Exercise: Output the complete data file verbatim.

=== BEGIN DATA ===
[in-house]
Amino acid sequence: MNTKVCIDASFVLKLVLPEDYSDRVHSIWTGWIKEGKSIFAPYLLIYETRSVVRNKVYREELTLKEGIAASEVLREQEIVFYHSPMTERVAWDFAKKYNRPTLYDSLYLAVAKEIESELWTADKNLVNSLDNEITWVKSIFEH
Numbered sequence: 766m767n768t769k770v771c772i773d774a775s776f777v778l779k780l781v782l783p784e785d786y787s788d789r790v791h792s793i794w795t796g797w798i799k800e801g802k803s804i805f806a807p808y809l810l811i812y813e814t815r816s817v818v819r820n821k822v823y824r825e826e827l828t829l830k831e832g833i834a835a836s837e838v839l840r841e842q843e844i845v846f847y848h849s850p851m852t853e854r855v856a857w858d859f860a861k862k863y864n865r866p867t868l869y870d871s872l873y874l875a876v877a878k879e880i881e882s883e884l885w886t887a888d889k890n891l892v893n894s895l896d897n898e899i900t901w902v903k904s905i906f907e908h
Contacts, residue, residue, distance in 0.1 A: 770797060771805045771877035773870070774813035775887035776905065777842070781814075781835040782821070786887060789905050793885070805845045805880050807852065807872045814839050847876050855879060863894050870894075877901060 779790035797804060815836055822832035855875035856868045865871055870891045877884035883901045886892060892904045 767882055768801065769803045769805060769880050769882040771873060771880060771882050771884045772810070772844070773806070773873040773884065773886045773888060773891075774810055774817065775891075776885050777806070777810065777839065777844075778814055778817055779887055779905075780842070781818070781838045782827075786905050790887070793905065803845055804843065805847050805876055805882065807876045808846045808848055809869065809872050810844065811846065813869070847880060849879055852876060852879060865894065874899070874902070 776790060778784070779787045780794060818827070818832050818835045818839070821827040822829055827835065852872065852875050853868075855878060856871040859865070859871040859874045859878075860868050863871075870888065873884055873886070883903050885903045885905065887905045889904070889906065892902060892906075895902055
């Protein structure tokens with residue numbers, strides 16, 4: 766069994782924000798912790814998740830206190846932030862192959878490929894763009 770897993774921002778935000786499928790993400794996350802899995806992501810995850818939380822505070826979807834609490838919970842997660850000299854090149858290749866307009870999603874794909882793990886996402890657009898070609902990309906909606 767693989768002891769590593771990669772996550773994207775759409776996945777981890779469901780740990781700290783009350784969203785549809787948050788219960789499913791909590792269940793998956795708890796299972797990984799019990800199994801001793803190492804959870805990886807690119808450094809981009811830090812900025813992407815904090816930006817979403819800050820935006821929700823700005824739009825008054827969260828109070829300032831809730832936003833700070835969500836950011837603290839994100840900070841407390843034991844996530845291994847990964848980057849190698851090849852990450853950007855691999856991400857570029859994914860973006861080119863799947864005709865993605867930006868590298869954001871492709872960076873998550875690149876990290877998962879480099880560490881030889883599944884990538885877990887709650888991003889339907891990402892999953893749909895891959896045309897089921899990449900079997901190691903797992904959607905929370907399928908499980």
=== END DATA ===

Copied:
[in-house]
Amino acid sequence: MNTKVCIDASFVLKLVLPEDYSDRVHSIWTGWIKEGKSIFAPYLLIYETRSVVRNKVYREELTLKEGIAASEVLREQEIVFYHSPMTERVAWDFAKKYNRPTLYDSLYLAVAKEIESELWTADKNLVNSLDNEITWVKSIFEH
Numbered sequence: 766m767n768t769k770v771c772i773d774a775s776f777v778l779k780l781v782l783p784e785d786y787s788d789r790v791h792s793i794w795t796g797w798i799k800e801g802k803s804i805f806a807p808y809l810l811i812y813e814t815r816s817v818v819r820n821k822v823y824r825e826e827l828t829l830k831e832g833i834a835a836s837e838v839l840r841e842q843e844i845v846f847y848h849s850p851m852t853e854r855v856a857w858d859f860a861k862k863y864n865r866p867t868l869y870d871s872l873y874l875a876v877a878k879e880i881e882s883e884l885w886t887a888d889k890n891l892v893n894s895l896d897n898e899i900t901w902v903k904s905i906f907e908h
Contacts, residue, residue, distance in 0.1 A: 770797060771805045771877035773870070774813035775887035776905065777842070781814075781835040782821070786887060789905050793885070805845045805880050807852065807872045814839050847876050855879060863894050870894075877901060 779790035797804060815836055822832035855875035856868045865871055870891045877884035883901045886892060892904045 767882055768801065769803045769805060769880050769882040771873060771880060771882050771884045772810070772844070773806070773873040773884065773886045773888060773891075774810055774817065775891075776885050777806070777810065777839065777844075778814055778817055779887055779905075780842070781818070781838045782827075786905050790887070793905065803845055804843065805847050805876055805882065807876045808846045808848055809869065809872050810844065811846065813869070847880060849879055852876060852879060865894065874899070874902070 776790060778784070779787045780794060818827070818832050818835045818839070821827040822829055827835065852872065852875050853868075855878060856871040859865070859871040859874045859878075860868050863871075870888065873884055873886070883903050885903045885905065887905045889904070889906065892902060892906075895902055
């Protein structure tokens with residue numbers, strides 16, 4: 766069994782924000798912790814998740830206190846932030862192959878490929894763009 770897993774921002778935000786499928790993400794996350802899995806992501810995850818939380822505070826979807834609490838919970842997660850000299854090149858290749866307009870999603874794909882793990886996402890657009898070609902990309906909606 767693989768002891769590593771990669772996550773994207775759409776996945777981890779469901780740990781700290783009350784969203785549809787948050788219960789499913791909590792269940793998956795708890796299972797990984799019990800199994801001793803190492804959870805990886807690119808450094809981009811830090812900025813992407815904090816930006817979403819800050820935006821929700823700005824739009825008054827969260828109070829300032831809730832936003833700070835969500836950011837603290839994100840900070841407390843034991844996530845291994847990964848980057849190698851090849852990450853950007855691999856991400857570029859994914860973006861080119863799947864005709865993605867930006868590298869954001871492709872960076873998550875690149876990290877998962879480099880560490881030889883599944884990538885877990887709650888991003889339907891990402892999953893749909895891959896045309897089921899990449900079997901190691903797992904959607905929370907399928908499980």